The importance of keeping security up to date on WordPress (and other website platforms).
WordPress is the biggest platform used for websites globally, with its constantly evolving updates, thousands of plugins and theme development, websites can be made to look stunning using this software. WordPress is open source – allowing developers to collaborate, modify and build for it, and therefore security should be taken very seriously, from less scrupulous coders i.e. hackers.
We hear about cyber security all the time – do we really need to take it seriously?
In a word, yes.
On Monday, there was a WordPress Brute Force attack campaign, meaning hackers tried to access thousands of websites across the globe. It was seen as the biggest attack since 2012 by WordPress security experts Wordfence. At one point over 14 million attacks per hour were recorded. Just because these sites were attacked, it doesn’t mean they were breached – if they had good security in place, the majority of the attacks would either fail or be easily dealt with.
Regardless of the platform every website on the internet could be a potential target of hacking, whether it’s spreading viruses, malware or cyber theft. A favourite for cyber criminals is holding a website to ransom by effectively taking it over. This act, commonly known among other names as crypto-locking, means the website owner has to pay a large amount of money to have their website and all its data unlocked, and returned to normal. The money is more often than not virtual currency such as Bitcoins, and is almost impossible to trace.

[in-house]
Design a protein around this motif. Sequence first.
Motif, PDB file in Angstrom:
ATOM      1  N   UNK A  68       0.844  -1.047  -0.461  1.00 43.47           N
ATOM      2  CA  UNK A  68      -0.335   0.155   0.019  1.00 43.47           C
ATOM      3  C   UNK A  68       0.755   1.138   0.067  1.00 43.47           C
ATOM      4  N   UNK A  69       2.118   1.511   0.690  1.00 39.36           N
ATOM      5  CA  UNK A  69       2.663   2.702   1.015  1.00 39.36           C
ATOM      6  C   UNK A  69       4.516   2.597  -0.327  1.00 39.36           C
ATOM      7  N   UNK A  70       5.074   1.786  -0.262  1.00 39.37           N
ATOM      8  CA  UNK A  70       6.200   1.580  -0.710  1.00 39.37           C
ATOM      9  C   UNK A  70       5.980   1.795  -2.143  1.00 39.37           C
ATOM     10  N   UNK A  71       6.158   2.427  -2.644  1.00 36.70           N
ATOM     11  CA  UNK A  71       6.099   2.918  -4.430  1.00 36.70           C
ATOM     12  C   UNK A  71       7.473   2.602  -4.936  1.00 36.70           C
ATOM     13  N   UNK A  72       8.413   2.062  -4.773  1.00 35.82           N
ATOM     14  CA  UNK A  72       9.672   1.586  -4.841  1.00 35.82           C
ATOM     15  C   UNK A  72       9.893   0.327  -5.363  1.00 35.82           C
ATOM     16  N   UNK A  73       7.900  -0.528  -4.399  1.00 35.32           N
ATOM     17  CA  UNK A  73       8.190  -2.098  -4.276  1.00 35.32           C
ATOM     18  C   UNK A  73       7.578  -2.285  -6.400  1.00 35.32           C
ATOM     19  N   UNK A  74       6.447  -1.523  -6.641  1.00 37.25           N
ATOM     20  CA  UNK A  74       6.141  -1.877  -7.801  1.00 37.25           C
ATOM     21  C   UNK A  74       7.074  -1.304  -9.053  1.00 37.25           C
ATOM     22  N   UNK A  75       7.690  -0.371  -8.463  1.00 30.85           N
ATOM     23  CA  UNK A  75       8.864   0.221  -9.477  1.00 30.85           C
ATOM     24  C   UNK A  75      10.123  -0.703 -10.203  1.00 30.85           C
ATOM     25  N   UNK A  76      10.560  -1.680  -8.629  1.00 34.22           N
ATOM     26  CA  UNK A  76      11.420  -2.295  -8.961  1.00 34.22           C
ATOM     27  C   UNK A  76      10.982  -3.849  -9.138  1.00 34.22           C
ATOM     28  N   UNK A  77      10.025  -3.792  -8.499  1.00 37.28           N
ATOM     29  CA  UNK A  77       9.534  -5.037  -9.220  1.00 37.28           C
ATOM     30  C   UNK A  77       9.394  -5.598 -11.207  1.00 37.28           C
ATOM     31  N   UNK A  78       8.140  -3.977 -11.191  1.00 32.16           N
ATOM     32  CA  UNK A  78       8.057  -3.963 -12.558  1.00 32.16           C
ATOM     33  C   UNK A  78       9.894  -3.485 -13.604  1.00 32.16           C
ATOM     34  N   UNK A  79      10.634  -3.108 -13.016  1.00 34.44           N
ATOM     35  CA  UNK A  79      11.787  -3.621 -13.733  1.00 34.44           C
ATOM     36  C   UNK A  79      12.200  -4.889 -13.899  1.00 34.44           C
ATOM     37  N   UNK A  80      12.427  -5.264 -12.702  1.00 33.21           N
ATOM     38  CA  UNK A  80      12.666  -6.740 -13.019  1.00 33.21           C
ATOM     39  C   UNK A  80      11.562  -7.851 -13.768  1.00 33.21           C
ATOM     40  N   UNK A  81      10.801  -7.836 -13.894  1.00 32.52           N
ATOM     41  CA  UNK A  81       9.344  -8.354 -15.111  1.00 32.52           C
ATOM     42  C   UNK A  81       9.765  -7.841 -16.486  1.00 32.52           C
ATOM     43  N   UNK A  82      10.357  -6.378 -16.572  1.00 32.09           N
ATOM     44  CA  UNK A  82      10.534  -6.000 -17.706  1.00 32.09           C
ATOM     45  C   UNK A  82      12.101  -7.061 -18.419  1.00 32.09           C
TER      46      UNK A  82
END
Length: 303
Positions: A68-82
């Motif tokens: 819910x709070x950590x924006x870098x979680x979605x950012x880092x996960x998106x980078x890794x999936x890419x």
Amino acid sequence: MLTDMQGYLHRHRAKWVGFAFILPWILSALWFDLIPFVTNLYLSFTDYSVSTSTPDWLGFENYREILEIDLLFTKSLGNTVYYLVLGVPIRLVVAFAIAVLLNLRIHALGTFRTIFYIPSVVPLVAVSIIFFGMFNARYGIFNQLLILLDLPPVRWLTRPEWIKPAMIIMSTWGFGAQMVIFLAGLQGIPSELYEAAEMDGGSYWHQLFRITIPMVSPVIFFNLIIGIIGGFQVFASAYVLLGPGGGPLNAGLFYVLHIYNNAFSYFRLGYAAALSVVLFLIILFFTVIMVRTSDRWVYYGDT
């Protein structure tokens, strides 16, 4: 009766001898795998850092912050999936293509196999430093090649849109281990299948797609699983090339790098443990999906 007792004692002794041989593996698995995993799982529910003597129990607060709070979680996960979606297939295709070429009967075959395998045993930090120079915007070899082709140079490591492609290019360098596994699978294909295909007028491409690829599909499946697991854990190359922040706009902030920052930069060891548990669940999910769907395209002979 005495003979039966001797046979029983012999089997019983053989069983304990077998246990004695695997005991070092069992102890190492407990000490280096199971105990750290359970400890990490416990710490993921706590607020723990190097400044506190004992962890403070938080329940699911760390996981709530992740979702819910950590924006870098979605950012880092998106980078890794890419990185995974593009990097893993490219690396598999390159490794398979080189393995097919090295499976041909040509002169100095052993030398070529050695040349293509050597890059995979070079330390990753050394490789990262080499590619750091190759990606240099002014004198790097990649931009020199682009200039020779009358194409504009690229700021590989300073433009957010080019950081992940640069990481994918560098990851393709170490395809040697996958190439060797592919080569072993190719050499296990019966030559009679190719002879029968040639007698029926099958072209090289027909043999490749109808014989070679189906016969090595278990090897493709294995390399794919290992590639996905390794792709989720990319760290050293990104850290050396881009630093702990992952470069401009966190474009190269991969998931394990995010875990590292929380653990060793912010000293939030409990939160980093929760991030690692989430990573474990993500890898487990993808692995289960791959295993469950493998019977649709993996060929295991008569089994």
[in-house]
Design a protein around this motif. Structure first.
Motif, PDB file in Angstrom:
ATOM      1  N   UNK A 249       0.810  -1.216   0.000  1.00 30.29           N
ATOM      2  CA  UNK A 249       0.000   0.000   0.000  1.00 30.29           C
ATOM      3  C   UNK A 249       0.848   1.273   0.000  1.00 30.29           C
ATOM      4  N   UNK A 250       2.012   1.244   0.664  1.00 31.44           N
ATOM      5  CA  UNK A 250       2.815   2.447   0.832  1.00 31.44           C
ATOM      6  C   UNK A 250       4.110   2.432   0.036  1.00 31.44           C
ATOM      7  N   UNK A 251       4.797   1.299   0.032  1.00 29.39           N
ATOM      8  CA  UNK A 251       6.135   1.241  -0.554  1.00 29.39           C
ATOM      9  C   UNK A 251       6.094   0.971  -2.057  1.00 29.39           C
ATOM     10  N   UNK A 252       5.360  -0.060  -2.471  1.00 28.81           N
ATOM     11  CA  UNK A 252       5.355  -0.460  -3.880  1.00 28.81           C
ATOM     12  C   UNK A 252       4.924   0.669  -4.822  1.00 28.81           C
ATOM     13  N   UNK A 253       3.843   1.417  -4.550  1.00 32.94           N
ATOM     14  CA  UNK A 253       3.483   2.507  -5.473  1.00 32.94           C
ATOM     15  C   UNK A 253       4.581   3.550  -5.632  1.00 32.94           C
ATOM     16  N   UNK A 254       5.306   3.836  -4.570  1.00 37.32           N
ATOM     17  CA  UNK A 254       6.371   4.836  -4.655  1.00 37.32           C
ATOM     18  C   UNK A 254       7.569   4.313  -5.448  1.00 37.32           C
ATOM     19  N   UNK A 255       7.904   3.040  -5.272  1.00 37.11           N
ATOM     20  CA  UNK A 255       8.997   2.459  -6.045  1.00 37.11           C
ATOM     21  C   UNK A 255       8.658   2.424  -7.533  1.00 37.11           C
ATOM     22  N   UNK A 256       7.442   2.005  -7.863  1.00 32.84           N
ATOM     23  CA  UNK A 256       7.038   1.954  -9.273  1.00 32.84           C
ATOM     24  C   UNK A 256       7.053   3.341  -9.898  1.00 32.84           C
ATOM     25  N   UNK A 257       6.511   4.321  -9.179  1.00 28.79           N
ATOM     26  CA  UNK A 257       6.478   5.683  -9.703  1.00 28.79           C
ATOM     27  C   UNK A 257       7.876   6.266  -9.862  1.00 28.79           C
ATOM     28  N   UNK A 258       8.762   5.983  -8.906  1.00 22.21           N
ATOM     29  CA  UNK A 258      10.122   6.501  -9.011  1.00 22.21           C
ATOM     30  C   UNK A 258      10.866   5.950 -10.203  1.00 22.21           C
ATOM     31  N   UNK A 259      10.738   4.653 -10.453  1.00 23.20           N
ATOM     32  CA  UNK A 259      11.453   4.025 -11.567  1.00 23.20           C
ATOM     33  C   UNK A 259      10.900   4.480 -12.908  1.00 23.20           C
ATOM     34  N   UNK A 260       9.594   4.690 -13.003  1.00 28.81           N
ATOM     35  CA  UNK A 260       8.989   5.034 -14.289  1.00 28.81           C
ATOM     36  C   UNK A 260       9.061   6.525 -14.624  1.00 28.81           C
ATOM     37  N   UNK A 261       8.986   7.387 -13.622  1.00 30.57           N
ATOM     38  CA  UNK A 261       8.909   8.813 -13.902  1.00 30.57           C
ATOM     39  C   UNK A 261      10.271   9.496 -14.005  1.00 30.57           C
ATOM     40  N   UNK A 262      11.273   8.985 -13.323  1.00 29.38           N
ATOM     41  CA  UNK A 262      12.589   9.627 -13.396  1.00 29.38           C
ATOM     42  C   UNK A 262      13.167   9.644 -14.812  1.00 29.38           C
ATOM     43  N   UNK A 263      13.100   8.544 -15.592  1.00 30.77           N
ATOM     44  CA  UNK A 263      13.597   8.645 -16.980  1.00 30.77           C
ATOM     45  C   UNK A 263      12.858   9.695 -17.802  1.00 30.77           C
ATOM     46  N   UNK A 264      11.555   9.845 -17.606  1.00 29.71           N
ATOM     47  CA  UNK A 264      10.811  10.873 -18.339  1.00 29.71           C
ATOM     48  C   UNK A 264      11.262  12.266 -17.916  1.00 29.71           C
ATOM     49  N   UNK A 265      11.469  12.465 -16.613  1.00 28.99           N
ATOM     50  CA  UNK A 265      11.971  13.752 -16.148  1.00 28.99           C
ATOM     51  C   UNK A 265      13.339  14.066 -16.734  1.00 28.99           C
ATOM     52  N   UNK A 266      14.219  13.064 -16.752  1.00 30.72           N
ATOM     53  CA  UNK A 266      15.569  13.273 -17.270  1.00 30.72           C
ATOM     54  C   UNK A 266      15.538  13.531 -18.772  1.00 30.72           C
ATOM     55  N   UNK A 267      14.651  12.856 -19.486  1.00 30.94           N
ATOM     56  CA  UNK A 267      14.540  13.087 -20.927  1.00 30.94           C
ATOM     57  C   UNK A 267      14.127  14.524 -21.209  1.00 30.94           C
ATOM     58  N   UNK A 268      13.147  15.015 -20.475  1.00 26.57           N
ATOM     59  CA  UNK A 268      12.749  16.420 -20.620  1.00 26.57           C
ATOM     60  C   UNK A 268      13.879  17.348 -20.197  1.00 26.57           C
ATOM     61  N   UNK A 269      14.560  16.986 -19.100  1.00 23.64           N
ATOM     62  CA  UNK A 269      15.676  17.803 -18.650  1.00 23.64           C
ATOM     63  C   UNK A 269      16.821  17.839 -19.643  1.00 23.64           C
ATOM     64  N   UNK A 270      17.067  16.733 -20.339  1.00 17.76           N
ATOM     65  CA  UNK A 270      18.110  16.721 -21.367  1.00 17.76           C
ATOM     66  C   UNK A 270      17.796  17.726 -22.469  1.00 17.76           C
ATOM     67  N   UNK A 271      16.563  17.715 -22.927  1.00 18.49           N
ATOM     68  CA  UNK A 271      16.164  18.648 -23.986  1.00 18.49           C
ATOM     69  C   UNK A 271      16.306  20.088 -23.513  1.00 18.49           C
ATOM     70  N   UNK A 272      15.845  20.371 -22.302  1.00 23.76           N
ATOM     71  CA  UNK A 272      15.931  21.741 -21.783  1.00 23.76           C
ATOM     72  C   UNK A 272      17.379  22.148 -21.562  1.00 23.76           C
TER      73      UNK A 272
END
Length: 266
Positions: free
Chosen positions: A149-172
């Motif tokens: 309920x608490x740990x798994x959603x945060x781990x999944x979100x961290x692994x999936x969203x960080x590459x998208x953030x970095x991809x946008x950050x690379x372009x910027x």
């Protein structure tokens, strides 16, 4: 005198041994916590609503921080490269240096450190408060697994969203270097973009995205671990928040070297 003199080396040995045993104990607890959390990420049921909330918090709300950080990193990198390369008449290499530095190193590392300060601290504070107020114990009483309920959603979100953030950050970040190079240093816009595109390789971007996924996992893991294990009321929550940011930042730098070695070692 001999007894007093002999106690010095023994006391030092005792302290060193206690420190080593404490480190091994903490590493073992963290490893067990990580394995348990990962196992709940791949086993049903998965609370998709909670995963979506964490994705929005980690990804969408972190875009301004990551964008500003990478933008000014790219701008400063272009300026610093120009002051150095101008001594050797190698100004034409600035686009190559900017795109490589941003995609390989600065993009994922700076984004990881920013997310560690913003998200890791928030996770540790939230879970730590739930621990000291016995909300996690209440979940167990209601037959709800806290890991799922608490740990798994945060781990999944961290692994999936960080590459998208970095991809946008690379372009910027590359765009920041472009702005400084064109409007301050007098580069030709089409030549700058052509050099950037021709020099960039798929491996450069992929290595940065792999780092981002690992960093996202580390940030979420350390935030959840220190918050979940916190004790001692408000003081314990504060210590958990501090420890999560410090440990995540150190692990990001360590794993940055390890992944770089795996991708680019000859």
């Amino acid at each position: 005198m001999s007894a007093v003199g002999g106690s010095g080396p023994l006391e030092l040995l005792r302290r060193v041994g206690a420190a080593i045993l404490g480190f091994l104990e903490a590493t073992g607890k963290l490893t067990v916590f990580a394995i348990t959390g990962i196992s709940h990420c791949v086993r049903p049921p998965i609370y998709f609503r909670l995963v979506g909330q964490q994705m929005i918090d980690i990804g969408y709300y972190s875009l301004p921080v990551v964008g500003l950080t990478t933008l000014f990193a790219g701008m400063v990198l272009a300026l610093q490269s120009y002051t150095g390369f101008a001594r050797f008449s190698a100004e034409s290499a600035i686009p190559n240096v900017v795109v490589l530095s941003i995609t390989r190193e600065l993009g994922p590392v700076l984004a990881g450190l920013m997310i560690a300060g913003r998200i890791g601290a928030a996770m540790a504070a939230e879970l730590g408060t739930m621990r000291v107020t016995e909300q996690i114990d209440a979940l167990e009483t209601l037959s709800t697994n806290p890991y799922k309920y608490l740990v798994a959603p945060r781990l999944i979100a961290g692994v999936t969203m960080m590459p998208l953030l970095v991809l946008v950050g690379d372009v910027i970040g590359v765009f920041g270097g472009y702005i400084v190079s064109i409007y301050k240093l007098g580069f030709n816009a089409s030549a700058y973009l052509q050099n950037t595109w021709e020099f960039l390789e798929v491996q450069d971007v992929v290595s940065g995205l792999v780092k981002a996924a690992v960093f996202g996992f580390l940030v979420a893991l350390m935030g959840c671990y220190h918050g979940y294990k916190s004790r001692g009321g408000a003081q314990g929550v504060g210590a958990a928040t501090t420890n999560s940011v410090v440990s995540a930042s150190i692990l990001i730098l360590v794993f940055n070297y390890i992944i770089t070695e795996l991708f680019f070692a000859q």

It can happen to veterinary practice websites!
And it has; at Vet Help Direct we know of at least four practices this has happened to. In every case the ransom was for Bitcoins, and in one case the practice had no choice but to pay.
What steps can we take to help secure the website?
Practice websites can be made more secure by taking some simple steps or asking your web developer to help. The steps below cover all website platforms, including WordPress.
1. Make sure a firewall is installed on your website to block such attacks intelligently – Wordfence is a firewall for WordPress and has a free robust version.
2. Ensure that passwords are strong! The longer the better, with different characters. A good way of remembering a password is to use a story e.g I’m_anA1VetSurge0n (don’t use this example!)
3. Change your username – the most commonly hacked username is ‘admin’ ensure you change it to something more memorable.
4. Do you have users still listed on the website that have left the practice? If so delete them off the system, as this cuts down the number of logins available on the site.
5. Strongly consider two-factor authentication for admins of the website – it may mean logging in for them is more difficult, but that means it is for hackers too!
6. In WordPress you can also use a plugin such as Wordfence to monitor login attempts, it means if someone tries unsuccessfully log in (for three times as an example), they are locked out until you either reset their password or block them completely.
7. Never reuse a password on multiple services. It means if your password is data breached on one service, it won’t be the same for others, so helps secure other services you use. E.g. keeping your website and Facebook passwords different.
8. With so many passwords to remember, password managers such as 1password and Lastpass are worth considering.
9. Ensure that your hosting provider makes security back-ups of your website. All Vet Help Direct hosted sites come with security AND back-ups, which means even if there is a problem, the site can be rolled back up to 30 days, while the issue is sorted.
10. Finally make sure the software version of the platform is up to date – security breaches can happen when the platform is old and not patched properly. At the time of writing for example, WordPress should be version 4.9.1 (released at the end of November).
In summary website breaches do happen, but with common sense and security measures in situ, your practice website will be a good place for clients (and potential clients) to visit safely.